But IF I write a great script that is worthy of being made into a successful film which tells a great story millions will love and will make boffo box office, and I am denied work because of my strong opinions, who loses out in the end? Like I said, I care only for my co-writer and all the other creative film artists in Hollywood who do great work but stand to be shut out because of our political beliefs. What was McCarthyism again? And why is it okay for lefties and liberals to do it when Tailgunner Joe and Citizen Cohn are still reviled in Tinseltown for doing the same? I don’t ask for special treatment for my work. All I ask is the same shot every other screenwriter in town gets on the merits of their writing.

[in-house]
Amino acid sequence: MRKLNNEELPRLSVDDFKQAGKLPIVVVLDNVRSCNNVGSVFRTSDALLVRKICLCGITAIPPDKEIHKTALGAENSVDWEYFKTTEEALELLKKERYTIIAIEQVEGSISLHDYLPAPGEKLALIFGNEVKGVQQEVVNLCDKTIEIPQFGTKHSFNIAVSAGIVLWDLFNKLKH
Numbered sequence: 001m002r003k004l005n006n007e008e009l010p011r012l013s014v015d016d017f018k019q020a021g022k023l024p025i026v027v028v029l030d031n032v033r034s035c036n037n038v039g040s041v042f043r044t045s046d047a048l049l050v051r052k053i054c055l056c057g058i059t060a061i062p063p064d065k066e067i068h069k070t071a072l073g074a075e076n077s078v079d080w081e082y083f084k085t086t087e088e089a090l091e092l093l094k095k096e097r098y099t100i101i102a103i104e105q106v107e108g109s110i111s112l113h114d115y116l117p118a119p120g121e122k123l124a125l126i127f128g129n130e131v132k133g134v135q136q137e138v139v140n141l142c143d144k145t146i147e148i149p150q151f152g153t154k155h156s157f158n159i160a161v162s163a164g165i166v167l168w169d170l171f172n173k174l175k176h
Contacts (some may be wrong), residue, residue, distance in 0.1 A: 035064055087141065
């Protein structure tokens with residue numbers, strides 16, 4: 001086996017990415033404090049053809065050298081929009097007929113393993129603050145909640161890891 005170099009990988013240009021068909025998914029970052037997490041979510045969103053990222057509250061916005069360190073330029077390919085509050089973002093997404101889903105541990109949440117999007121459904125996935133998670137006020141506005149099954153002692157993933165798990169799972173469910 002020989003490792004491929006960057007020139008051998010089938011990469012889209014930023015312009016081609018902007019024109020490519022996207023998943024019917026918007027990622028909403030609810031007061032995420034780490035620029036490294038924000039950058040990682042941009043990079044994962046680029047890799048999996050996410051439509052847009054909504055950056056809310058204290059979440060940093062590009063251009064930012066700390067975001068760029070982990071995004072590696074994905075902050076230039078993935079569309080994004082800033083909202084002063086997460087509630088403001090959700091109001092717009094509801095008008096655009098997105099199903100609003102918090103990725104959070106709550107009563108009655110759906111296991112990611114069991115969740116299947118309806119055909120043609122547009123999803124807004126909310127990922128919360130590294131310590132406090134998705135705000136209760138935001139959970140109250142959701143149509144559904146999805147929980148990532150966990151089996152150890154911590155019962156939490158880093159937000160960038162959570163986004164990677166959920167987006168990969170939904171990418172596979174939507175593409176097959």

Hate me? Fine. Despise me to Hell? Great! See you there. Want to see me die screaming of rectal cancer? Come watch me in the oncology ward! Want to piss on my grave? I’ll buy the Colt 45 you can load up on, because that’s the kind of guy I am. But separate my work from my person. If I or anyone else writes a screenplay worthy of option, sale, production and release, does it really matter who writes it? Apply Mel Brooks’ famous axiom: “Great script! Thanks a lot, kid! Now get the fuck off the set!” I am not the judge of how worthy my scripts are. That is for industry professionals to decide.